Skip to main content

ITSM and the Consummate Gardener

The Consummate Gardener

 
There are times in IT Service Management that seem to be like dry cold spells.  Times when the funding is dry, the resources are lean and to all but the consummate gardener might appear to be nonproductive in the way of moving forward.  The consummate gardener will find something to put on the schedule in the bitter cold of January, something like garden planning, tool maintenance, or alphabetizing the seed packets. Perhaps browsing seed catalogs and more to ensure they are prepared for the next season. Why?  They have a vision!  The crop, the wonderful fruit of their labor realized.
 
Back to the Basics
Like the gardener there are areas of ITSM Best Practice that a service provider can continually be preparing for and improving.  When times are lean and dry as well as when they are not.  With all the terms, the technology, the latest and greatest buzz lets pause and step back; back to the basics.  For the gardener that is the seed, the soil and the tools that will be needed to ensure their vision.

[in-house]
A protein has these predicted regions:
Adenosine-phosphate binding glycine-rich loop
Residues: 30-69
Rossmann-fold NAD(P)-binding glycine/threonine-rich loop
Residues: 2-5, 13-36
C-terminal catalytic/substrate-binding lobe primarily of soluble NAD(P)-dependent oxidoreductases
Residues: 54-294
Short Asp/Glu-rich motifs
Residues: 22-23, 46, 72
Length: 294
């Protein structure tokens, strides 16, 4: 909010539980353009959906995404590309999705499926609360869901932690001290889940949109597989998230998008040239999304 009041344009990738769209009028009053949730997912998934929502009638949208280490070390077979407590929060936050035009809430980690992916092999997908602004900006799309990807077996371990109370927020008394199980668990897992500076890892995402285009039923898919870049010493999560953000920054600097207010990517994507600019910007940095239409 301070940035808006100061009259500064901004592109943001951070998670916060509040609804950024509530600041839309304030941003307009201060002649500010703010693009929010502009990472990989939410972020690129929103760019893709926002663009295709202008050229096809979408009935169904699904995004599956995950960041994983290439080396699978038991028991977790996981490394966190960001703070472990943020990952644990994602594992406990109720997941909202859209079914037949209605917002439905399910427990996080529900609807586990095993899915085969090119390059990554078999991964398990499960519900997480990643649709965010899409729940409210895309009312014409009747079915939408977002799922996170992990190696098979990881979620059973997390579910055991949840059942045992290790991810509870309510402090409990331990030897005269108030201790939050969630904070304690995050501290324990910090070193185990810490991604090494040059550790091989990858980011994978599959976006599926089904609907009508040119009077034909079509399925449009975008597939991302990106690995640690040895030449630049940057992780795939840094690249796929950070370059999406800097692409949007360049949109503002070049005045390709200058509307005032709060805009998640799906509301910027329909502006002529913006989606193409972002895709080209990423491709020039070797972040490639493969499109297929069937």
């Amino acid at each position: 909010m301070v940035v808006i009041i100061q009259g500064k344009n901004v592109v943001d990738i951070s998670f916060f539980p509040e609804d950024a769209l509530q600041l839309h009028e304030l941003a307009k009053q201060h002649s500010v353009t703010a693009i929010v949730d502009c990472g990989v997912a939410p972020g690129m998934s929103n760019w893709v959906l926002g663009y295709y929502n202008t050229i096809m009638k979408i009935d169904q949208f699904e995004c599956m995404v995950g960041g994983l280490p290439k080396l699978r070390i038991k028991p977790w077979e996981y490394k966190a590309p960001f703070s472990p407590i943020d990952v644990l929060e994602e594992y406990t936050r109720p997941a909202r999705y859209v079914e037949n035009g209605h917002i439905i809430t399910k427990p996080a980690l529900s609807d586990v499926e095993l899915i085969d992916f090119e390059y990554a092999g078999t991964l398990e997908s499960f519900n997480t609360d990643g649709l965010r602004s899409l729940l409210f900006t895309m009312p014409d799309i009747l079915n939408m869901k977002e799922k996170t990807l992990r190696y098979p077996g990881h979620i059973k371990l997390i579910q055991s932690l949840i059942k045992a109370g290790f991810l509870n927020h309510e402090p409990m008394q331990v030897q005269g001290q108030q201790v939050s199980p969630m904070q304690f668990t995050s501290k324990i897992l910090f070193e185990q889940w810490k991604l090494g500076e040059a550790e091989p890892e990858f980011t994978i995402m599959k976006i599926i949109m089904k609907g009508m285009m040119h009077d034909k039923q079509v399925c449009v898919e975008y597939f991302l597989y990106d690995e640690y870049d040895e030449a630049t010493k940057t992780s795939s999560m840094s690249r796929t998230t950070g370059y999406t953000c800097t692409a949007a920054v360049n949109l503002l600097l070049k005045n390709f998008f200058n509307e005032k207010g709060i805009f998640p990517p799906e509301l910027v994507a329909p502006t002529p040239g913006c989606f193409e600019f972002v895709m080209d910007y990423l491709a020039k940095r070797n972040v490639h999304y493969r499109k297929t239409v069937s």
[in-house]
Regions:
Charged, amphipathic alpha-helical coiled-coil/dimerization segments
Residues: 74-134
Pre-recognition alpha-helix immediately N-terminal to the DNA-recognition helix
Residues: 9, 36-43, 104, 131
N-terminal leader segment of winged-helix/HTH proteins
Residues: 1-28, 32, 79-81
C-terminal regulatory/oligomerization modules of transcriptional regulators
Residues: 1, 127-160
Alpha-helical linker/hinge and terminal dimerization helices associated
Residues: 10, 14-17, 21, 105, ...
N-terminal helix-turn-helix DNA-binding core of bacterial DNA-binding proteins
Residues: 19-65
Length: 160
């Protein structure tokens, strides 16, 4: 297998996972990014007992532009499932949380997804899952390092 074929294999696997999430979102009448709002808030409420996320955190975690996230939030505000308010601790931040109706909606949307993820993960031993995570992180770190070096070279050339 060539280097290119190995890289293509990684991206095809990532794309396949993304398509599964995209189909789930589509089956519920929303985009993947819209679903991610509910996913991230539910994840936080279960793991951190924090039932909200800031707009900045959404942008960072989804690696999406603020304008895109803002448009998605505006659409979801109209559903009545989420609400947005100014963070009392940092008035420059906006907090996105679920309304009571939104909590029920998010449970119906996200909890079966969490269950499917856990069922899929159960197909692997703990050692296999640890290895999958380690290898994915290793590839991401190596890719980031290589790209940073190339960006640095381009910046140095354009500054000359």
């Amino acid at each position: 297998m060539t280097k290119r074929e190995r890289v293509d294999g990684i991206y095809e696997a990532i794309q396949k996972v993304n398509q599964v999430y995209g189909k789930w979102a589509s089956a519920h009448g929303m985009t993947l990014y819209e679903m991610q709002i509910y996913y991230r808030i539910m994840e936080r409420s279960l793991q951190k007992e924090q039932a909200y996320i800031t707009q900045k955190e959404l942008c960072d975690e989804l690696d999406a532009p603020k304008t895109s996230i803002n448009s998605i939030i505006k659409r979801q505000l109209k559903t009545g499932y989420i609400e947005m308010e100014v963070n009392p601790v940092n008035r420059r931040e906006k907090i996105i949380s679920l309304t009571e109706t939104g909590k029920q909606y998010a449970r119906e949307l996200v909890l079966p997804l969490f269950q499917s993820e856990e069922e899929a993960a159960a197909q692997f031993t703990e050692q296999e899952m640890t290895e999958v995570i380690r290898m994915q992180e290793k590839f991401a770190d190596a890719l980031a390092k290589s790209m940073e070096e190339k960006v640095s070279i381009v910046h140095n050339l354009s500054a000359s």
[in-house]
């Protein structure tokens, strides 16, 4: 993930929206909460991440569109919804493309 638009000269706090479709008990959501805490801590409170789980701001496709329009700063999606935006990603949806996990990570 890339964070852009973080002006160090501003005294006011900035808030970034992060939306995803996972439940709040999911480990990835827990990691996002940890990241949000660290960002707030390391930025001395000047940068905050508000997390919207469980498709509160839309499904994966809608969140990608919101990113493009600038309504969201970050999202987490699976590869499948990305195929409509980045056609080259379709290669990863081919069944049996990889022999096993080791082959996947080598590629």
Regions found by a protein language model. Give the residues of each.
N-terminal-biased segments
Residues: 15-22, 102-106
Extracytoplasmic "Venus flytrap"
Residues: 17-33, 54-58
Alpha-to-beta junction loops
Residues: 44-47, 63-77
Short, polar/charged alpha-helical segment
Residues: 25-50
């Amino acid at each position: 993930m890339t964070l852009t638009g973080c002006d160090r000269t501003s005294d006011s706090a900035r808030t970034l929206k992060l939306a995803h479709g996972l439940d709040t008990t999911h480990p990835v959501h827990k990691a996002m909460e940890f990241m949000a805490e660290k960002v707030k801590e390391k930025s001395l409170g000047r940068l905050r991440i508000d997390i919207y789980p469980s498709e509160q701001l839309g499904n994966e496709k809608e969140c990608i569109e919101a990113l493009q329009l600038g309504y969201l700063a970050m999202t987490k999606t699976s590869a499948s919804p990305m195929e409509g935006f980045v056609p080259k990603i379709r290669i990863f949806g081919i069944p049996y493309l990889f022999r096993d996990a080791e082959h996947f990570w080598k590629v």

People:  (Seed)
Consistent thought effort and preparation for how to invoke the culture required for strategic initiatives has to begin with a focus on people.  Who? What? Where? How? When will you need executive management involved in the near future for aspires that are on the horizon?  The consummate gardener in ITSM will be reading up on relationship management, stakeholder communication, and perhaps investigating to find out what communication plans and awareness campaigns are working in other areas that they can leverage from.  They will be engaged in and encouraging change champions that will create fertile ground for the upcoming seed that will soon be planted.  
Process:  (Soil)
The crop will not bring in itself.  Like the gardener the service provider will need to think of who, what where when how the ground is to be fertilized, tilled, planted and sowed to ensure a fruitful crop.  For ITSM it might be things like what governance boards will be required?  Not only what policy will be needed to govern ITSM processes but what activities and procedures will I need?  The gardener here will be preparing for documentation, knowledge management and perhaps begin with what templates might help.   The consummate gardener has a listening ear for conversations that make evident where existing process and activities are broken.  Listening, reading gathering and preparing while constantly keeping the vision of the full crop in mind while fertilizing the soil.  When the time is right the consummate gardener will be prepared to instigate the projects required with appropriate buy in and support and watch their vision play out.